A lot of people squat, but not a lot of people know how to squat. More and more knee and lower back injuries happen due to poor technique than just about anything else. Here are the 7 most common squatting mistakes and how to fix them.

1. Your knees are caving in

Common squat mistakes - knees cave in
If your knees cave inward when you squat, this could indicate an overactive adductor complex and underactive gluteus medius/maximus, meaning when you squat, you aren’t fully activating your glutes. This type of mistake can lead to ACL injuries and be a movement pattern that can develop during other dynamic movements.

Quick Fix: Your knees, hips, and toes should all be in the straight line. Start squatting with a light weight and actively think about keeping your knees pushed out. You can put a resistance band around the top of your knees so that you’re consciously remembering to push your knees out, but make sure to keep your feet flat, and not roll to the outside.

2. You’re rounding your back

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I see this all the time and it makes me cringe when I see people do it. You know… that guy that looks like he’s doing a good morning rather than a squat…scary. Rounding your back when squatting can indicate a tight hip complex. When performing a squat, it is difficult for those with tight hips to get to a 90 degree angle without rounding their back. Even when squatting light weight, this type of squat mistake can cause injuries to the lumbar spine (lower back) and the neck.

Quick fix: Stretch any tight or under-active muscles before even thinking about walking into the squat rack. You should be able to squat at least 90 degrees without rounding your back. Double check your form with a bare bar, then add weight slowly, continuing to check your form.

3. You’re squatting too heavy

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This is a big one. Everyone wants to get stronger, but oftentimes, a person’s form begins to suffer in trying to increase the weight before the body is ready, which can lead to various injuries down the line.

Quick fix: Always start with a light weight, and increase gradually with each set. Jumping to a heavy weight is tough on the joints, and can sacrifice good form and cause internal injuries and imbalances.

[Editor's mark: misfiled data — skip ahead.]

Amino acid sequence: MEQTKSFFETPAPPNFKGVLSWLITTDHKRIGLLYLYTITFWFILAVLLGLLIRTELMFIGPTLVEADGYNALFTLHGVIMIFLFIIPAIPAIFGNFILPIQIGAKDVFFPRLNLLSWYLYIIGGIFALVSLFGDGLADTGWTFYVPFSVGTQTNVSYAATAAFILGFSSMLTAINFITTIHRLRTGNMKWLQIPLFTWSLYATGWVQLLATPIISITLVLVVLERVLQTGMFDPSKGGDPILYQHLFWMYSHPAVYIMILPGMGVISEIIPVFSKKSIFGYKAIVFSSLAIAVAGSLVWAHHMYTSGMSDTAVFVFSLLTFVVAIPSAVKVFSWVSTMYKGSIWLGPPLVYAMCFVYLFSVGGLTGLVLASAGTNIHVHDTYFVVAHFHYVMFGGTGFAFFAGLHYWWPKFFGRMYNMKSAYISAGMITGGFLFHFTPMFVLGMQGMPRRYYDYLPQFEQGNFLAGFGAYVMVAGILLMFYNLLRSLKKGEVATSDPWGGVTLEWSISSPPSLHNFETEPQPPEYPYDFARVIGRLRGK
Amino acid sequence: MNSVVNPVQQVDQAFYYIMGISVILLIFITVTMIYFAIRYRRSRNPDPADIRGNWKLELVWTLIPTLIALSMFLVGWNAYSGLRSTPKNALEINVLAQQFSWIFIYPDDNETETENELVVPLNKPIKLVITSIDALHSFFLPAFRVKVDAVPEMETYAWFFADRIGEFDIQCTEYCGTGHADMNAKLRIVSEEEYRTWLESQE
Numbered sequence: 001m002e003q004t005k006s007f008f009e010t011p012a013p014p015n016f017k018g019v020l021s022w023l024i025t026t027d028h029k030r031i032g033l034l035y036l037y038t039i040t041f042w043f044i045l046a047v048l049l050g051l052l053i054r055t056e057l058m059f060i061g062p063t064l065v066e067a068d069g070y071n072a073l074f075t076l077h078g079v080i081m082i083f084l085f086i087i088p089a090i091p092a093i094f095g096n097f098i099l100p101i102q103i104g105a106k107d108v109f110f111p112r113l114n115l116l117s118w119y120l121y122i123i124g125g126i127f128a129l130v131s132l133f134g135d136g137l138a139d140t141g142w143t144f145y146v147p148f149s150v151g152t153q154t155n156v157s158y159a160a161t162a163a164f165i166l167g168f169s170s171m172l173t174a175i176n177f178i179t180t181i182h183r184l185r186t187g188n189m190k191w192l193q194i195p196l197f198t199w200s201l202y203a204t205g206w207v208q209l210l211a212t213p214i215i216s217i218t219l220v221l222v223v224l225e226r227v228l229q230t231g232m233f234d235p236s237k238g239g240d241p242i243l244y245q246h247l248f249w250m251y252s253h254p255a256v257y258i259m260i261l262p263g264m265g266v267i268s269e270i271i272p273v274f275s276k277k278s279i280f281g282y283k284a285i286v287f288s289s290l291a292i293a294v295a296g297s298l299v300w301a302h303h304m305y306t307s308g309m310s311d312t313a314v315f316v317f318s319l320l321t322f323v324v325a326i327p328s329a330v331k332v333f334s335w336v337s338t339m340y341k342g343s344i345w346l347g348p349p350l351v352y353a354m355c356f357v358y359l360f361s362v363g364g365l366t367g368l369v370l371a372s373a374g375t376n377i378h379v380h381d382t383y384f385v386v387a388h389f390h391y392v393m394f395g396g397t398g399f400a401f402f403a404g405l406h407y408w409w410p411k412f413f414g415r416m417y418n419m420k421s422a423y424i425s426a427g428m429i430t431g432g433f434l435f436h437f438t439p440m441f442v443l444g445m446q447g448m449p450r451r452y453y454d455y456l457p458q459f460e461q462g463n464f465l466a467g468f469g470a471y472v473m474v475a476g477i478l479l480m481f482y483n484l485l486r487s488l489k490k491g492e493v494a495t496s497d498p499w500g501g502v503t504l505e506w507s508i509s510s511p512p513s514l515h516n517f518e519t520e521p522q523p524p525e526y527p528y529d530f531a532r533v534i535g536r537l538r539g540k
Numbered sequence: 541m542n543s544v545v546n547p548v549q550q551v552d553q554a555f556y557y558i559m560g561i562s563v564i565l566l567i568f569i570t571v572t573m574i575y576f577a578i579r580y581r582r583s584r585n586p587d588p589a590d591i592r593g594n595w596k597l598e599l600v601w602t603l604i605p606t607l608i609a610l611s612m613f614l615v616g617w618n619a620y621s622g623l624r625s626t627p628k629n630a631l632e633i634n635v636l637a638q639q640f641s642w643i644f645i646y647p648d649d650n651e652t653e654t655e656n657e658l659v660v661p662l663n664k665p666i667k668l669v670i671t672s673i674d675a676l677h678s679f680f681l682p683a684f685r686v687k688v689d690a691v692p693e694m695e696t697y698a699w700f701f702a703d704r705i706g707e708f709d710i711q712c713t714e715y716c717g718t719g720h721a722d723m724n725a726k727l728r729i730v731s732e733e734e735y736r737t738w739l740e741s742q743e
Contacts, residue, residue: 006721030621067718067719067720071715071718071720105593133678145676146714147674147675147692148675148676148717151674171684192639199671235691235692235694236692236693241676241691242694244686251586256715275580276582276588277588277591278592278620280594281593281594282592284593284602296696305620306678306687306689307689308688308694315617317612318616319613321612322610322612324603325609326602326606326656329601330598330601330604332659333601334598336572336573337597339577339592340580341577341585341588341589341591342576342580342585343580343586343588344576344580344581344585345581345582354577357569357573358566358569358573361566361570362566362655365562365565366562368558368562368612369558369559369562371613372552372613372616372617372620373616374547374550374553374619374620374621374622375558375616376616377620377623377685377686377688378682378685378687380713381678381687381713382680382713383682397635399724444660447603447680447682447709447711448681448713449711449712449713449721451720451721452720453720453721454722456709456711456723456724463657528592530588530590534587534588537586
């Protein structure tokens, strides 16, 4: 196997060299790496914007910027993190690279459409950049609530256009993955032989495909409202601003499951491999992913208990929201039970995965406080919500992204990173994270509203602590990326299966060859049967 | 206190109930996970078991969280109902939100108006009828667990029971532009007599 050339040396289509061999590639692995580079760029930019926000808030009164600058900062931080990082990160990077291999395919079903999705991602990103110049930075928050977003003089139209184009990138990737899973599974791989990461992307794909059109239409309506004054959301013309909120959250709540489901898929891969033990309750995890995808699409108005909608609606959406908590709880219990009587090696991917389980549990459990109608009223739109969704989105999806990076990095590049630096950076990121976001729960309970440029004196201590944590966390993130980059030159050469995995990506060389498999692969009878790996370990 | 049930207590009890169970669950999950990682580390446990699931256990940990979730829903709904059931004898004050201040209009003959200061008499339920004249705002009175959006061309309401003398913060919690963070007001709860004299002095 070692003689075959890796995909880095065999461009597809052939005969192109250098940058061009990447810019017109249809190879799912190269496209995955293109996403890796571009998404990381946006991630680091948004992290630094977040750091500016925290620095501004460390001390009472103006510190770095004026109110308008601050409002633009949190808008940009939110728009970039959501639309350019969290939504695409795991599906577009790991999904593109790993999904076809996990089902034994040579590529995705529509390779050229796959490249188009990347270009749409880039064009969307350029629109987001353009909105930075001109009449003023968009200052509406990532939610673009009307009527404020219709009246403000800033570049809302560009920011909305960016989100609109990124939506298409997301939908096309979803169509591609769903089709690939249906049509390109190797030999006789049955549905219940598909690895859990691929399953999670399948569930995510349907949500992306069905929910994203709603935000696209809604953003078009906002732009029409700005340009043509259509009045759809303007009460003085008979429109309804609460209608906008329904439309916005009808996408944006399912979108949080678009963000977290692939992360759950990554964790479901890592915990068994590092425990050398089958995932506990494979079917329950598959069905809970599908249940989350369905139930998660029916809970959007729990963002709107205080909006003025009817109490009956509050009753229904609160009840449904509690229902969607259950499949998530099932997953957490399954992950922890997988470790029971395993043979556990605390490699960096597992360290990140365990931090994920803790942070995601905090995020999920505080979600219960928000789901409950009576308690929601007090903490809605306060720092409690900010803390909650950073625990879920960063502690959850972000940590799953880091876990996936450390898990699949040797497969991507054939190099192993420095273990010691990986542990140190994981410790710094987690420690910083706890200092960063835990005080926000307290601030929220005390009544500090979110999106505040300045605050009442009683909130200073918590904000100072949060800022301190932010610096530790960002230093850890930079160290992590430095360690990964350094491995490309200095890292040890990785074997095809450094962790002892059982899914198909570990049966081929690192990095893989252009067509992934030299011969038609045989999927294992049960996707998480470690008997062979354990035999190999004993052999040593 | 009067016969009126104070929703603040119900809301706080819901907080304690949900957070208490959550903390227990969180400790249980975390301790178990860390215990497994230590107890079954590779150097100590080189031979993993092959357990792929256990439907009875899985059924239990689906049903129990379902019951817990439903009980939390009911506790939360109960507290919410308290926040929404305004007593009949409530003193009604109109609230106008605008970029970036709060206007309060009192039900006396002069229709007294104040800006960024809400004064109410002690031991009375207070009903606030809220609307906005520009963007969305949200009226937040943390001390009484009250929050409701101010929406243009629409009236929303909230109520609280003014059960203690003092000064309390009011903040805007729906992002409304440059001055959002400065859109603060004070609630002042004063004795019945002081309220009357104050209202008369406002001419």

4. You’re not going low enough

not-low-enough
We’ve all seen that guy at the gym who loads up the bar with like 6 plates on each side and squats it only a couple inches. The deeper you go into a squat, the more your glutes and hamstrings have to work. By not going at least parallel, your sabotaging any leg and glute muscle growth, not to mention putting your back at risk for injuries.

Quick fix: Aim for at least a 90 degree knee bend in your squats. Leave your ego at the door and load up the bar with only enough weight to still be able to keep good form.

5. You’re not sitting back

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When you squat, your weight should be distributed throughout your heels, rather than putting the weight on your toes or the ball of your foot. When you descend, if the weight is in your toes, you will be targeting your quads more than your glutes and putting immense stress on the knee joints.

Quick fix: Avoid squatting with a board or plates under the heels. Focus on pushing up from a squat with your heels, rather than on your toes or the ball of your foot and using your glutes to power the movement rather than the quads. Squatting through the heels will also work on your hip flexibility. You should be able to lift your toes or wiggle them when you descend into the squat position.

6. Your feet are turning out

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Turning your feet outward when you squat can indicate tight hips, hams, and calves and your body overcompensating to get into a squat position. Squatting with toes slightly pointed outward is okay with the right hip flexibility and overall proper form, but too much is a tell-tale sign of your body compensating for a lack of flexibility and range of motion.

Quick fix: Stretch the tight muscles prior to squatting and try to keep feet straight, while sitting into the heels and pushing up with the glutes.

7. You’re not switching it up

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In order to keep the muscles constantly adapting and growing and avoid any plateau, you have to keep switching up your squatting routine. You can’t do the same reps for the same amount of sets with the same amount of weight every time you hit the gym for leg day and expect them to change.

Quick Fix: Try switching things up. Alternate the amount of reps (have one heavy day 1-8 reps, and a light, high-volume day (15-20) reps) and rotate between doing 3 sets or 4 sets, and incorporate supersets or plyometrics into the mix. Or, if you always back squat, try switching it up and performing a front squat to hit the different leg muscles. Your legs and glutes will thank you!

 

Other Squatting Tips:

A good squat should include keeping the toes, knees, and hip in a straight line, shoulders back, chest out.
Don’t look too far up in the air to avoid straining the cervical spine.
The glutes should be able to drop below and behind the knees.
Use your glutes to power up from a squat, and not your hips and lower back.
Squeeze at the top!

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Happy Squatting!


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